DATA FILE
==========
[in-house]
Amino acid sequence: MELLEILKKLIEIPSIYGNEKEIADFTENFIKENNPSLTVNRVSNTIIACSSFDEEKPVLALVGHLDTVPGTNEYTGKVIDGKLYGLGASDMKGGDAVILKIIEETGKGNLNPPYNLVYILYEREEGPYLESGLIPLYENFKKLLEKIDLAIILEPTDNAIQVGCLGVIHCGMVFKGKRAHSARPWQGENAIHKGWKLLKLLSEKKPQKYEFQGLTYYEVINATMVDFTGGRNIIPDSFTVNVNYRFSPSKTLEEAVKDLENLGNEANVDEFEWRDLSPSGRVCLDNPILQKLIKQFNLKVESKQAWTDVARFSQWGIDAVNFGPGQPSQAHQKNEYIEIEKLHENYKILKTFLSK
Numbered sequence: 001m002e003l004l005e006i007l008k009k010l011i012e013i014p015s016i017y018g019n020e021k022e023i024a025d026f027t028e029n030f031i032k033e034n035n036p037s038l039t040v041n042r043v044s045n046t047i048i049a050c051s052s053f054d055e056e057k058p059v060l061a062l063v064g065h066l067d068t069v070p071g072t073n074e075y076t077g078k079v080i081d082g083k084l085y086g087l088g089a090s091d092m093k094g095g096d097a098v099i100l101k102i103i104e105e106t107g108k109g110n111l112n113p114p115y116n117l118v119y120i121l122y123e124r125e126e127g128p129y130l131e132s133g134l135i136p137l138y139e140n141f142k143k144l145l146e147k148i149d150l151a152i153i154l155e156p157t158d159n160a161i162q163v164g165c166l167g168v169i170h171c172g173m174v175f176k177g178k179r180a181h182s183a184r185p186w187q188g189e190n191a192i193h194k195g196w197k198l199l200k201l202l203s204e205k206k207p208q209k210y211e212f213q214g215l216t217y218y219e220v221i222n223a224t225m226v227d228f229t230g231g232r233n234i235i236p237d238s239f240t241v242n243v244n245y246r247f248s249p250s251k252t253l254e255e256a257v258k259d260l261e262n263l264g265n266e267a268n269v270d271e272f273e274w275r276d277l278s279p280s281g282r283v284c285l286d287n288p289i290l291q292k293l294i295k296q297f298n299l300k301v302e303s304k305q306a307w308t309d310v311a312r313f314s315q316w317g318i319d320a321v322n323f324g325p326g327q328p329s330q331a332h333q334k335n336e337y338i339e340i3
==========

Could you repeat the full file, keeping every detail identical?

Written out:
[in-house]
Amino acid sequence: MELLEILKKLIEIPSIYGNEKEIADFTENFIKENNPSLTVNRVSNTIIACSSFDEEKPVLALVGHLDTVPGTNEYTGKVIDGKLYGLGASDMKGGDAVILKIIEETGKGNLNPPYNLVYILYEREEGPYLESGLIPLYENFKKLLEKIDLAIILEPTDNAIQVGCLGVIHCGMVFKGKRAHSARPWQGENAIHKGWKLLKLLSEKKPQKYEFQGLTYYEVINATMVDFTGGRNIIPDSFTVNVNYRFSPSKTLEEAVKDLENLGNEANVDEFEWRDLSPSGRVCLDNPILQKLIKQFNLKVESKQAWTDVARFSQWGIDAVNFGPGQPSQAHQKNEYIEIEKLHENYKILKTFLSK
Numbered sequence: 001m002e003l004l005e006i007l008k009k010l011i012e013i014p015s016i017y018g019n020e021k022e023i024a025d026f027t028e029n030f031i032k033e034n035n036p037s038l039t040v041n042r043v044s045n046t047i048i049a050c051s052s053f054d055e056e057k058p059v060l061a062l063v064g065h066l067d068t069v070p071g072t073n074e075y076t077g078k079v080i081d082g083k084l085y086g087l088g089a090s091d092m093k094g095g096d097a098v099i100l101k102i103i104e105e106t107g108k109g110n111l112n113p114p115y116n117l118v119y120i121l122y123e124r125e126e127g128p129y130l131e132s133g134l135i136p137l138y139e140n141f142k143k144l145l146e147k148i149d150l151a152i153i154l155e156p157t158d159n160a161i162q163v164g165c166l167g168v169i170h171c172g173m174v175f176k177g178k179r180a181h182s183a184r185p186w187q188g189e190n191a192i193h194k195g196w197k198l199l200k201l202l203s204e205k206k207p208q209k210y211e212f213q214g215l216t217y218y219e220v221i222n223a224t225m226v227d228f229t230g231g232r233n234i235i236p237d238s239f240t241v242n243v244n245y246r247f248s249p250s251k252t253l254e255e256a257v258k259d260l261e262n263l264g265n266e267a268n269v270d271e272f273e274w275r276d277l278s279p280s281g282r283v284c285l286d287n288p289i290l291q292k293l294i295k296q297f298n299l300k301v302e303s304k305q306a307w308t309d310v311a312r313f314s315q316w317g318i319d320a321v322n323f324g325p326g327q328p329s330q331a332h333q334k335n336e337y338i339e340i3